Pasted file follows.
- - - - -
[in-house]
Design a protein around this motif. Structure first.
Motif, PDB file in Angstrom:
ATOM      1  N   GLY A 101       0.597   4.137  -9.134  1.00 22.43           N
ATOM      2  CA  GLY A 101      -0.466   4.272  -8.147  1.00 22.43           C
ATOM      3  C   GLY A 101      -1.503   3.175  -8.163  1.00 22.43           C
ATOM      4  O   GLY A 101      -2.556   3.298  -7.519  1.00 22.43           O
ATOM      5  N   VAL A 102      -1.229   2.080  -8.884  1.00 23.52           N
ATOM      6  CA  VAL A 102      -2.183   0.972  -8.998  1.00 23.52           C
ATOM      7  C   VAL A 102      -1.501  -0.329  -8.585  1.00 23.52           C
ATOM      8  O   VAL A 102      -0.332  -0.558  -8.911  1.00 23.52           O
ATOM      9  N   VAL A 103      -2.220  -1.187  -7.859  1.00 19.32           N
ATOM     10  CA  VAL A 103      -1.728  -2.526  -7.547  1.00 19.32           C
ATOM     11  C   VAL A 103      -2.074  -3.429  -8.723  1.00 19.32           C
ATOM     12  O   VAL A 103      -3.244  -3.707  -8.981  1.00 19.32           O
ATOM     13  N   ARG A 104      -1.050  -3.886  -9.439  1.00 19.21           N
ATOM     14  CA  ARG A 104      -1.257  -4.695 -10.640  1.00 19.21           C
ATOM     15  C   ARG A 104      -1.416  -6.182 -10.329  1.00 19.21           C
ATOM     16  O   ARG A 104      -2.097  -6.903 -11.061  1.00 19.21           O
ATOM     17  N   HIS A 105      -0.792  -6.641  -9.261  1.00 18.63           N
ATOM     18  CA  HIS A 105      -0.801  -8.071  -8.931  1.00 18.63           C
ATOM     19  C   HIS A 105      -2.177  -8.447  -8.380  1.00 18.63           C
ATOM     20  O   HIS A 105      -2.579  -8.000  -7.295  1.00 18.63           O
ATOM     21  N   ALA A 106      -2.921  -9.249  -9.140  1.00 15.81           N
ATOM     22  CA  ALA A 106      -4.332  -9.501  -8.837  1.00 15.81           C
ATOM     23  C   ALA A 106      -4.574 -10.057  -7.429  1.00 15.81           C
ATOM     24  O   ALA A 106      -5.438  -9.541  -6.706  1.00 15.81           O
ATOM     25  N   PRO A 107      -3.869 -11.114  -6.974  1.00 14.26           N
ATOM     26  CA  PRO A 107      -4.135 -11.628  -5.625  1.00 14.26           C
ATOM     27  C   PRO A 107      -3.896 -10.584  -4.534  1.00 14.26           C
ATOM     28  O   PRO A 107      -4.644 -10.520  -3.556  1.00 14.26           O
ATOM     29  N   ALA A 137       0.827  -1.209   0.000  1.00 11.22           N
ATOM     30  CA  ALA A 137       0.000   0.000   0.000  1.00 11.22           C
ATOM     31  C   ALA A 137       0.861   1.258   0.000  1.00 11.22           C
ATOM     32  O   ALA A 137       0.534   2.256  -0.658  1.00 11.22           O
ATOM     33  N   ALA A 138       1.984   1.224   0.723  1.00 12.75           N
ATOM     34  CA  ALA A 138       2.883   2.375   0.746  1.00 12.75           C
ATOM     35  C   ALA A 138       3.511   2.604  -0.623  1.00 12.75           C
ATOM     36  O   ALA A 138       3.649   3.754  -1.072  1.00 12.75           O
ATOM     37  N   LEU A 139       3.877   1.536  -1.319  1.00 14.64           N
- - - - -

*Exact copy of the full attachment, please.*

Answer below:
[in-house]
Design a protein around this motif. Structure first.
Motif, PDB file in Angstrom:
ATOM      1  N   GLY A 101       0.597   4.137  -9.134  1.00 22.43           N
ATOM      2  CA  GLY A 101      -0.466   4.272  -8.147  1.00 22.43           C
ATOM      3  C   GLY A 101      -1.503   3.175  -8.163  1.00 22.43           C
ATOM      4  O   GLY A 101      -2.556   3.298  -7.519  1.00 22.43           O
ATOM      5  N   VAL A 102      -1.229   2.080  -8.884  1.00 23.52           N
ATOM      6  CA  VAL A 102      -2.183   0.972  -8.998  1.00 23.52           C
ATOM      7  C   VAL A 102      -1.501  -0.329  -8.585  1.00 23.52           C
ATOM      8  O   VAL A 102      -0.332  -0.558  -8.911  1.00 23.52           O
ATOM      9  N   VAL A 103      -2.220  -1.187  -7.859  1.00 19.32           N
ATOM     10  CA  VAL A 103      -1.728  -2.526  -7.547  1.00 19.32           C
ATOM     11  C   VAL A 103      -2.074  -3.429  -8.723  1.00 19.32           C
ATOM     12  O   VAL A 103      -3.244  -3.707  -8.981  1.00 19.32           O
ATOM     13  N   ARG A 104      -1.050  -3.886  -9.439  1.00 19.21           N
ATOM     14  CA  ARG A 104      -1.257  -4.695 -10.640  1.00 19.21           C
ATOM     15  C   ARG A 104      -1.416  -6.182 -10.329  1.00 19.21           C
ATOM     16  O   ARG A 104      -2.097  -6.903 -11.061  1.00 19.21           O
ATOM     17  N   HIS A 105      -0.792  -6.641  -9.261  1.00 18.63           N
ATOM     18  CA  HIS A 105      -0.801  -8.071  -8.931  1.00 18.63           C
ATOM     19  C   HIS A 105      -2.177  -8.447  -8.380  1.00 18.63           C
ATOM     20  O   HIS A 105      -2.579  -8.000  -7.295  1.00 18.63           O
ATOM     21  N   ALA A 106      -2.921  -9.249  -9.140  1.00 15.81           N
ATOM     22  CA  ALA A 106      -4.332  -9.501  -8.837  1.00 15.81           C
ATOM     23  C   ALA A 106      -4.574 -10.057  -7.429  1.00 15.81           C
ATOM     24  O   ALA A 106      -5.438  -9.541  -6.706  1.00 15.81           O
ATOM     25  N   PRO A 107      -3.869 -11.114  -6.974  1.00 14.26           N
ATOM     26  CA  PRO A 107      -4.135 -11.628  -5.625  1.00 14.26           C
ATOM     27  C   PRO A 107      -3.896 -10.584  -4.534  1.00 14.26           C
ATOM     28  O   PRO A 107      -4.644 -10.520  -3.556  1.00 14.26           O
ATOM     29  N   ALA A 137       0.827  -1.209   0.000  1.00 11.22           N
ATOM     30  CA  ALA A 137       0.000   0.000   0.000  1.00 11.22           C
ATOM     31  C   ALA A 137       0.861   1.258   0.000  1.00 11.22           C
ATOM     32  O   ALA A 137       0.534   2.256  -0.658  1.00 11.22           O
ATOM     33  N   ALA A 138       1.984   1.224   0.723  1.00 12.75           N
ATOM     34  CA  ALA A 138       2.883   2.375   0.746  1.00 12.75           C
ATOM     35  C   ALA A 138       3.511   2.604  -0.623  1.00 12.75           C
ATOM     36  O   ALA A 138       3.649   3.754  -1.072  1.00 12.75           O
ATOM     37  N   LEU A 139       3.877   1.536  -1.319  1.00 14.64           N